7 Marketing Tips For Growing Your Dating Business In 2016

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This is a republished article by Deborah Watson, founder and director of Public Relations agency Lexia

New year, new start — that’s how the mantra goes, isn’t it?

A brand new year, a fresh start, a blank calendar — January can be an exciting or daunting time, depending on your point of view and level of preparedness for the 12 months ahead. However, if you haven’t already drawn up a plan to promote and grow your online dating business in 2016, the good news is that it’s not too late.

Online dating is a growth industry — it caters to a basic human need — and therefore for businesses which are focussed and innovative, the opportunities are endless.

But how do you make the most of these opportunities? Here’s a crash course in boosting your business this year.

1. Define your goals

Who are you targeting? Do you need more women on your books? Men? Do you have a glut of annual subscriptions running off at the end of January that you need to replace? Knowing what you want to achieve is the first step to achieving it.

2. Take stock

Make a list of all the weapons you have in your marketing armoury: website, social media accounts, blog, contacts with journalists.

Is there anything missing? Could you do with a Twitter account? Do you need to start writing a blog?

How is your existing promotion and marketing strategy working for you? How much revenue is your local newspaper advertising bringing in? Would a (free) Facebook page give better results? Where are the majority of your new leads coming from?

If something’s not working for you — ditch it!

3. Eyeing up the competition

How are your competitors promoting their businesses? The key here is not to copy them. If you think they’ve got a good idea, improve it and put your own twist on it!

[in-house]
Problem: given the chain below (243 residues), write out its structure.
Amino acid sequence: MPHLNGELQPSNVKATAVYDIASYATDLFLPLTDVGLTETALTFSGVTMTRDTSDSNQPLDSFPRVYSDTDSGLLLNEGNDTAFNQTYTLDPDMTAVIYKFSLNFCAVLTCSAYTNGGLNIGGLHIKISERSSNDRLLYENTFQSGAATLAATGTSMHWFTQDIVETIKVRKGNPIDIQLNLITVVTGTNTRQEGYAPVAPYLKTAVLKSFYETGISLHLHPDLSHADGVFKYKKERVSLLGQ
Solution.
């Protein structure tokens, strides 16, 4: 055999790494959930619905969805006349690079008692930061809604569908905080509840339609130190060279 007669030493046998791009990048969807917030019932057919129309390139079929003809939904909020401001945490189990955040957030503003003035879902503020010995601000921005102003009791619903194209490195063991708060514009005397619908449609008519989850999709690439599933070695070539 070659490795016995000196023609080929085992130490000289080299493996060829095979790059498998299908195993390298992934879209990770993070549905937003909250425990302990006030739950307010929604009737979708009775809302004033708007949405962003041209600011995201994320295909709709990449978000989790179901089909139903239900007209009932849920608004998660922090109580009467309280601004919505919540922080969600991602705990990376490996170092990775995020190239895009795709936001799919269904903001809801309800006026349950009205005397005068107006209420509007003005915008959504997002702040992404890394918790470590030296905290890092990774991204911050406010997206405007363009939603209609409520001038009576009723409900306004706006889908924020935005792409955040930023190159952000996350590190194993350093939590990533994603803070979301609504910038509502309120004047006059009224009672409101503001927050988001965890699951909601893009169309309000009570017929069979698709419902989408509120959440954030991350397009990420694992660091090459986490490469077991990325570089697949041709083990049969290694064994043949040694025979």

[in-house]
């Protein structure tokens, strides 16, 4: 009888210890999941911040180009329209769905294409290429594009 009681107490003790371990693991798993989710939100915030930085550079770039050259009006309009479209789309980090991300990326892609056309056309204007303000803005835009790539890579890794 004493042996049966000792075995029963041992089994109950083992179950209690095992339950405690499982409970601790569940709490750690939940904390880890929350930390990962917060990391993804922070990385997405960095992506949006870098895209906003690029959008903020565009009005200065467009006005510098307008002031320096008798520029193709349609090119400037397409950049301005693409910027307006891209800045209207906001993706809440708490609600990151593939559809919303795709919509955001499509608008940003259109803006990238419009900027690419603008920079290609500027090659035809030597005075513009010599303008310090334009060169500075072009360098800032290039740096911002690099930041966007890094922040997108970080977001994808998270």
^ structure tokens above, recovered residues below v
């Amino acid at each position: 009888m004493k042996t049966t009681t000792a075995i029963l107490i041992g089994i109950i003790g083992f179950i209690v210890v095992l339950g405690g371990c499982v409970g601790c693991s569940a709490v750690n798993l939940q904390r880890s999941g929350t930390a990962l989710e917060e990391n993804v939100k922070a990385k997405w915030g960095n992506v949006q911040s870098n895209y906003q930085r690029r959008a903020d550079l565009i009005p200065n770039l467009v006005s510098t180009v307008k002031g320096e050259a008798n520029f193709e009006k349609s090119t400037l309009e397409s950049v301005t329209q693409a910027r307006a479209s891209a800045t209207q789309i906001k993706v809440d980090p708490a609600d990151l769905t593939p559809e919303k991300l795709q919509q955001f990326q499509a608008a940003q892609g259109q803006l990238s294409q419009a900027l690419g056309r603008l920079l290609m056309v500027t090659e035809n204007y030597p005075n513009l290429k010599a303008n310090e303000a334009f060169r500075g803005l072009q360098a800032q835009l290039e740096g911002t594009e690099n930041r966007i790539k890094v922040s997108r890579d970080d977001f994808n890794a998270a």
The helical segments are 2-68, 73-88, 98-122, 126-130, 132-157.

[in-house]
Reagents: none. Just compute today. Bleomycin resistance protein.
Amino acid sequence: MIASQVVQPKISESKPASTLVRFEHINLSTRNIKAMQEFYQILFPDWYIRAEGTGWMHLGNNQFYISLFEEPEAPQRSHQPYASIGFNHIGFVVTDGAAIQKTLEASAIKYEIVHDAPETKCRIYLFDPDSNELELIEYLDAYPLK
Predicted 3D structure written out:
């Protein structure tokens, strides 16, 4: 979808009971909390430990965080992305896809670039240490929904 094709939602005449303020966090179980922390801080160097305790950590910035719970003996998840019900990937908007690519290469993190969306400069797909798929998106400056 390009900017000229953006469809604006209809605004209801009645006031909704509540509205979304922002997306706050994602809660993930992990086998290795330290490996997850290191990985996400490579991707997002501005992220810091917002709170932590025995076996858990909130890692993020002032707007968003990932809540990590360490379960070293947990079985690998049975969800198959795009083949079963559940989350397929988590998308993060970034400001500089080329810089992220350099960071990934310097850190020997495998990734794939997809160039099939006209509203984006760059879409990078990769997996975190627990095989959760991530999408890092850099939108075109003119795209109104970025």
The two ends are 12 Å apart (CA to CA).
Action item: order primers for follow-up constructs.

An even better idea is to see what other people are doing — and then do something completely different. In a competitive marketplace the best thing you can do is to stand out from the crowd.

Don’t spend too much time thinking or worrying about what other companies are doing — the best results will come from focussing on your business.

4. Set your budget

There’s no point in coming up with the world’s best and most effective marketing campaign if you can’t afford to pay for it — or if you can’t handle the extra business it brings.

Nothing will send your customers heading towards your competitors faster than a website that crashes because it can’t deal with all the extra traffic that your stellar campaign has generated.

Make sure that you’ve got both the front end costs (advertising fees, PR agency expenses) and the back end costs (extra staff hours to man the Twitter account, additional server overheads) covered in the budgeting plans.

5. Get social

As an online business your social media accounts should be an integral part of your promotion & marketing activity and if it’s not – setting up and manning Facebook and Twitter accounts needs to be a top priority.

Any campaigns that you implement should have a social element to them, even if it’s just to direct people to an offer page on your website.

Better use of your social media channels, however, would be to create a campaign around them. For example photo sharing campaigns have been proven to be an extremely effective way of promoting brands — you could ask your followers to post a #SingleSelfie for a chance to win a year’s free subscription to your site, with a heavily discounted subscription for runners up. Activities such as this will drive traffic to your social media accounts & website and raise awareness of your company.